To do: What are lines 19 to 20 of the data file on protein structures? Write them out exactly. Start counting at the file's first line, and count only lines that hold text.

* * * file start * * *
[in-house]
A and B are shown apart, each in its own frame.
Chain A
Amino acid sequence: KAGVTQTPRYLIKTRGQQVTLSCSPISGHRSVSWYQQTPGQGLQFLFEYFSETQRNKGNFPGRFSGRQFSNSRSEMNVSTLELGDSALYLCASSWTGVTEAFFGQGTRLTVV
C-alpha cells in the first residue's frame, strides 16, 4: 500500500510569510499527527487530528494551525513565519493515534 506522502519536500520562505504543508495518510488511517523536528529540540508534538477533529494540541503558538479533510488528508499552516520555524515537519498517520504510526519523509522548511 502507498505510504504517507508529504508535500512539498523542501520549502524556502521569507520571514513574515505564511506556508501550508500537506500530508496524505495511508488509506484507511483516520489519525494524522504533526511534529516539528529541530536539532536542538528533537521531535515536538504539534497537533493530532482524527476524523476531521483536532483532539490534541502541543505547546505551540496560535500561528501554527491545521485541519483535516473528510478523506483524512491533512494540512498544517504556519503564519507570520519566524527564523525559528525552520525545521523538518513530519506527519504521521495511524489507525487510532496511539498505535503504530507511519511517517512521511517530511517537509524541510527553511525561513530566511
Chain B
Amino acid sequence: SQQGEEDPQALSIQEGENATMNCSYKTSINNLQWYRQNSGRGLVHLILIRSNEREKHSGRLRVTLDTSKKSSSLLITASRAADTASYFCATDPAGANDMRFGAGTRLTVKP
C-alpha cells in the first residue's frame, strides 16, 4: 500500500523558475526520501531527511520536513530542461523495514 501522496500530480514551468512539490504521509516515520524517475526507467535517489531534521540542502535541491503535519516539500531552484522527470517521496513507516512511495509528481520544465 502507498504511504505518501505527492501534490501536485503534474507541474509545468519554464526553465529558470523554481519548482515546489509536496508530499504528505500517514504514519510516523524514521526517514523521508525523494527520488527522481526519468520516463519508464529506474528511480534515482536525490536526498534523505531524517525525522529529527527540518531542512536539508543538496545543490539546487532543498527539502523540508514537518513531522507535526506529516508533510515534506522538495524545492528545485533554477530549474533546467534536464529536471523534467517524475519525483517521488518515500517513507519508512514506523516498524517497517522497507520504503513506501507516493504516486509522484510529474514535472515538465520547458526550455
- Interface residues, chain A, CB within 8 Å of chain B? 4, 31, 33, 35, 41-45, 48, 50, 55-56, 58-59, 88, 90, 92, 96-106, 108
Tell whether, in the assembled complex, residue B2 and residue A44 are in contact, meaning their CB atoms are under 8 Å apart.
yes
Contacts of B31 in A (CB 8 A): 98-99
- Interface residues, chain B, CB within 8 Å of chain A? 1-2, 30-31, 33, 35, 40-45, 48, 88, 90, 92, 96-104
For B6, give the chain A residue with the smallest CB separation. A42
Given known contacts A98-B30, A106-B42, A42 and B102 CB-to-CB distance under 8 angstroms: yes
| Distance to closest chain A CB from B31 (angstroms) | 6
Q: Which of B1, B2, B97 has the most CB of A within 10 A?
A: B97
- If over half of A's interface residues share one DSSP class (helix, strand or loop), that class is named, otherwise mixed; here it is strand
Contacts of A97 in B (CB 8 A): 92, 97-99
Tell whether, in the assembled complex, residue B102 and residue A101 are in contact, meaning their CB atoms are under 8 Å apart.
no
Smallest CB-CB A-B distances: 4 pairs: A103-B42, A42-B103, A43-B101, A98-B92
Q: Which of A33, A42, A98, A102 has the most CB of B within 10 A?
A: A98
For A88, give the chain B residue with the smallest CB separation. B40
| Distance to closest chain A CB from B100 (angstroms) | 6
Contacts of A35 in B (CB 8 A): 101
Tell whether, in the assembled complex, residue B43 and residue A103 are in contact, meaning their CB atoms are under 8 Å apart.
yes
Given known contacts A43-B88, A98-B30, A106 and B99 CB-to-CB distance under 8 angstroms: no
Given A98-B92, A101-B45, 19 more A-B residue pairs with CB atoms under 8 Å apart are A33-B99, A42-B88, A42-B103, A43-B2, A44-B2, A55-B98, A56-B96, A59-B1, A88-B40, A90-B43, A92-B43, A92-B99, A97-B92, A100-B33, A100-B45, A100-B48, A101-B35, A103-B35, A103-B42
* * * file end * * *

- If over half of A's interface residues share one DSSP class (helix, strand or loop), that class is named, otherwise mixed; here it is strand
Contacts of A97 in B (CB 8 A): 92, 97-99